- ABOUT RSC
- ABOUT CLEVELAND’S REFUGEES
- REFUGEE IMPACT IN OUR COMMUNITY
- NEWS & EVENTS
- GET INVOLVED
Since 2008, Northeast Ohio has received more than 2,500 refugees.
Refugees who come to the U.S. are invited by the State Department and are legal residents on the ultimate pathway to citizenship. They must wait one year to obtain a green card, five years to gain citizenship.
Refugees are individuals who have fled their country of origin and who meet the United Nations’ criteria of having a “well-founded fear of being persecuted for reasons of race, religion, nationality, membership of a particular social group, or political opinion.”
Refugees did not choose to leave their original countries. Many have endured unspeakable horrors, including torture, rape, and witnessing the death of loved ones.
Fewer than 1% of refugees are ever resettled out of refugee camps. Most will live and die in the camps, and those who arrive in the U.S. have often spent more than 15 years in refugee camps.
Refugees are matched with one of ten private volunteer agencies (“VOLAGS”) across the Unites States that receive and place refugees in their new homes. When the refugee arrives in the U.S., he/she is met at the airport by members from the assigned resettlement agency and taken to his/her new apartment. The resettlement agency assists with initial needs, such as applying for a Social Security number, school registration, and medical evaluation, as well as assisting with employment. Branches of three of the volunteer resettlement agencies serve Cuyahoga County.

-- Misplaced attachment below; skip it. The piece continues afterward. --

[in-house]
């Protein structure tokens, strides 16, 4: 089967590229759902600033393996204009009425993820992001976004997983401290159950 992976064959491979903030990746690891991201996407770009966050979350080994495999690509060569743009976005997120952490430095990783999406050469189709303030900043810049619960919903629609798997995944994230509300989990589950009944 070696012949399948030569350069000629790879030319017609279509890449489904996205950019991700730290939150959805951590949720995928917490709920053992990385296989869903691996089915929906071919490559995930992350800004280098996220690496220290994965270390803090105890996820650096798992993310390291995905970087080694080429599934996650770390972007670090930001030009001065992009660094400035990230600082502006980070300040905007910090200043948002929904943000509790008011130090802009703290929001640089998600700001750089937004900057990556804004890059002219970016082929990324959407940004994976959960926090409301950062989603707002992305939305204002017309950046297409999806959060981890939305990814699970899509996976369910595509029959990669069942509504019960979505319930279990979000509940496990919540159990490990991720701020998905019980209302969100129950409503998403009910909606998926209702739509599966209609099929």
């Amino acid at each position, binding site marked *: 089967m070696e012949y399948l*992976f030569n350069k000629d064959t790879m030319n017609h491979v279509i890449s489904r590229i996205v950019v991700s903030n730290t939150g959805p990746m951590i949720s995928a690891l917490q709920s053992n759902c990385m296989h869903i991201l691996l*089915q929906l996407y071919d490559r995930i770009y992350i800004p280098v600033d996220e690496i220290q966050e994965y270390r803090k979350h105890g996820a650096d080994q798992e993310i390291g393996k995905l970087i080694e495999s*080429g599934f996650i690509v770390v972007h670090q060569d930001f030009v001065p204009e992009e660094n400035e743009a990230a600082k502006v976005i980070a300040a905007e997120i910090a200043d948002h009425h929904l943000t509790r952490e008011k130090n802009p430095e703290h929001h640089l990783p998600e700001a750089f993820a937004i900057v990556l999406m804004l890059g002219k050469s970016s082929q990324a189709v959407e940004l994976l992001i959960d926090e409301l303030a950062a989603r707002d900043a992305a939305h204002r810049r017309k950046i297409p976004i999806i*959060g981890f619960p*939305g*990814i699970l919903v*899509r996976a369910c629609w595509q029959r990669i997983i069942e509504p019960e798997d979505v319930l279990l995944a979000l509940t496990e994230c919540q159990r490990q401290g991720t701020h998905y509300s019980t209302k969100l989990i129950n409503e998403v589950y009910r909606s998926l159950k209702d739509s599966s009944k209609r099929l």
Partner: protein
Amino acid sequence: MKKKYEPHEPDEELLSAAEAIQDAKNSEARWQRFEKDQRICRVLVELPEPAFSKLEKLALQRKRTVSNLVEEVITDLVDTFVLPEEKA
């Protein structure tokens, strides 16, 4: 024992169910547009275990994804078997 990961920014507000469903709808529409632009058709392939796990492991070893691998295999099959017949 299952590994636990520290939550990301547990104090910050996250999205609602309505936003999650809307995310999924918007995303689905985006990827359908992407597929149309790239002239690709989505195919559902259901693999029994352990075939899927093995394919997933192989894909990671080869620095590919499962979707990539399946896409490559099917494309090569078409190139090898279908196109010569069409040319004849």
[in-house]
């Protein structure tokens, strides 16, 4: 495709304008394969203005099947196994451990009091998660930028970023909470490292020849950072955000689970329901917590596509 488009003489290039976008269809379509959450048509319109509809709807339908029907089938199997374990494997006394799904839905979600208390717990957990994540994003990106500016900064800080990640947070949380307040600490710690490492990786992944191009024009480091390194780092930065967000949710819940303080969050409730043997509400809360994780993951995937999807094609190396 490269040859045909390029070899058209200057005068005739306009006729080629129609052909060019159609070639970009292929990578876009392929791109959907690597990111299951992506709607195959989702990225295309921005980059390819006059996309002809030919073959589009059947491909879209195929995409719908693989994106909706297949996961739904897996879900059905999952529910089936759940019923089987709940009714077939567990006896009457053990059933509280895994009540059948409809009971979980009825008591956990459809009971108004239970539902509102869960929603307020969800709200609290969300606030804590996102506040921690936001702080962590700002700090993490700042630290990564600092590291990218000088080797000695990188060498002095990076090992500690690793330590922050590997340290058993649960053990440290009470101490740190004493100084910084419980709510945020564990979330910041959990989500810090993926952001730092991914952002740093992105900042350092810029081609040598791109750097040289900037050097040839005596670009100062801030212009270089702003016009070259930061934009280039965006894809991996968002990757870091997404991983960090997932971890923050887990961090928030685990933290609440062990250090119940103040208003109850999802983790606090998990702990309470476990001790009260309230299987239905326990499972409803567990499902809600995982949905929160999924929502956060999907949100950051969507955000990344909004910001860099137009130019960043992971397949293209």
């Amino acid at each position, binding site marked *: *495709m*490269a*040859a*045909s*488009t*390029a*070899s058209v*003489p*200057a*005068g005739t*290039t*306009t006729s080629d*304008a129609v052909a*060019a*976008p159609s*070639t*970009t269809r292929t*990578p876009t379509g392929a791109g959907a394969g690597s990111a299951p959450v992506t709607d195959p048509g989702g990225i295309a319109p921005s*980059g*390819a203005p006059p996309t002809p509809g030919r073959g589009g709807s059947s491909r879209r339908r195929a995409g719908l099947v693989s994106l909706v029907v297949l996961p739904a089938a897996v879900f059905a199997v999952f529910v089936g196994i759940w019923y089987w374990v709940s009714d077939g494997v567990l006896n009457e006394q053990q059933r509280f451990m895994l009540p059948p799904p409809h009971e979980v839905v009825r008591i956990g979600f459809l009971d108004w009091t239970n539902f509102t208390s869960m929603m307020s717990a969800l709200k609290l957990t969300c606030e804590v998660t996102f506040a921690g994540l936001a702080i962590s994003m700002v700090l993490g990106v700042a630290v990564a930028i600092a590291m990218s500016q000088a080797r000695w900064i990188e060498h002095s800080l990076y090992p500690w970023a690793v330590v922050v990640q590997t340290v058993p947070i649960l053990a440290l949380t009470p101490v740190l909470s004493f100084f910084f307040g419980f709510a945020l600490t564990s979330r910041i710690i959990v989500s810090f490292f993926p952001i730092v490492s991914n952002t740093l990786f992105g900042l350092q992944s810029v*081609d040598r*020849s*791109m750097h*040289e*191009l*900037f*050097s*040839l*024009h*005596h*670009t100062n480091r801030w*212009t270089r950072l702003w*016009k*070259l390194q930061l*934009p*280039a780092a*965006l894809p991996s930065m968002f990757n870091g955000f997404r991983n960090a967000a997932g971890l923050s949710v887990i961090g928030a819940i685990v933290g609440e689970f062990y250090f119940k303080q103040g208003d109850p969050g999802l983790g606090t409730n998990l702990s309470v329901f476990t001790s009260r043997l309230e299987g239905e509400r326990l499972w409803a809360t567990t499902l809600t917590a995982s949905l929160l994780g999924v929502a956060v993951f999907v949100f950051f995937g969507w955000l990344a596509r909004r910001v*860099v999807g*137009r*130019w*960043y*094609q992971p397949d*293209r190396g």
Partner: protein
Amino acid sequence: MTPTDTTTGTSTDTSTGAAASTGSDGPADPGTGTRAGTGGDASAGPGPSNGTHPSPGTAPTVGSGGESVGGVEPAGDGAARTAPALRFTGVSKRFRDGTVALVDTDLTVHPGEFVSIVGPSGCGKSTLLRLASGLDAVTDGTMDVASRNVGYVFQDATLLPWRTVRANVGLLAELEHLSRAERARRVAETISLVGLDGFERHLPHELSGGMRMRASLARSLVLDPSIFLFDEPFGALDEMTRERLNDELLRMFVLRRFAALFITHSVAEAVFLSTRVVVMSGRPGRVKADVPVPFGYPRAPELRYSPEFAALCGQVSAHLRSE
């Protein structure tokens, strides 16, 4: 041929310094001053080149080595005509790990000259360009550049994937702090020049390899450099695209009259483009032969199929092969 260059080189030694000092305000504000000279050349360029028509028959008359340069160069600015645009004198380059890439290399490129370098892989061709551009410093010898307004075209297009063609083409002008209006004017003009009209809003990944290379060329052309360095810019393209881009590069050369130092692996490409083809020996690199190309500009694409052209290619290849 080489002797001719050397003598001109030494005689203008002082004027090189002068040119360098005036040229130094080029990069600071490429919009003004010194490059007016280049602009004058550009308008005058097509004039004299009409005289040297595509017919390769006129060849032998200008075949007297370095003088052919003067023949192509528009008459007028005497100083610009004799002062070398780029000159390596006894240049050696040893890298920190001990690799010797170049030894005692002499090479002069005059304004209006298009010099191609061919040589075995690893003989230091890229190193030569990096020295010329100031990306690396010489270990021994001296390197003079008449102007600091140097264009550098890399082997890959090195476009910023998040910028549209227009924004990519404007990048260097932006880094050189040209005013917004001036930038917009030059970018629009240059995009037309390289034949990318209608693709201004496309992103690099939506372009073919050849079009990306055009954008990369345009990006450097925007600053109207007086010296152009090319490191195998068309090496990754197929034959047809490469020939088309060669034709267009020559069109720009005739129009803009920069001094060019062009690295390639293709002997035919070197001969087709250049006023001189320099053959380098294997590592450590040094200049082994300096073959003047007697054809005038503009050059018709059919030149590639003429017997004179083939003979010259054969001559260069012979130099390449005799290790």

Refugees do not receive “a free ride” and must repay all travel loans. Many programs are in place to help reach the goal of employment and self-sufficiency within the first year of arrival to Cleveland.
Since 2008, Northeast Ohio has received more than 2,500 refugees, most from areas of conflict across the world, including Africa, Southeast Asia and the Middle East. Most current refugees are arriving from Bhutan, Burma, Iraq, and Somalia. Approximately 500-700 refugees now arrive in Cleveland annually.
Refugees face many barriers upon arrival: unfamiliar language, customs, systems, technology, food, climate, etc.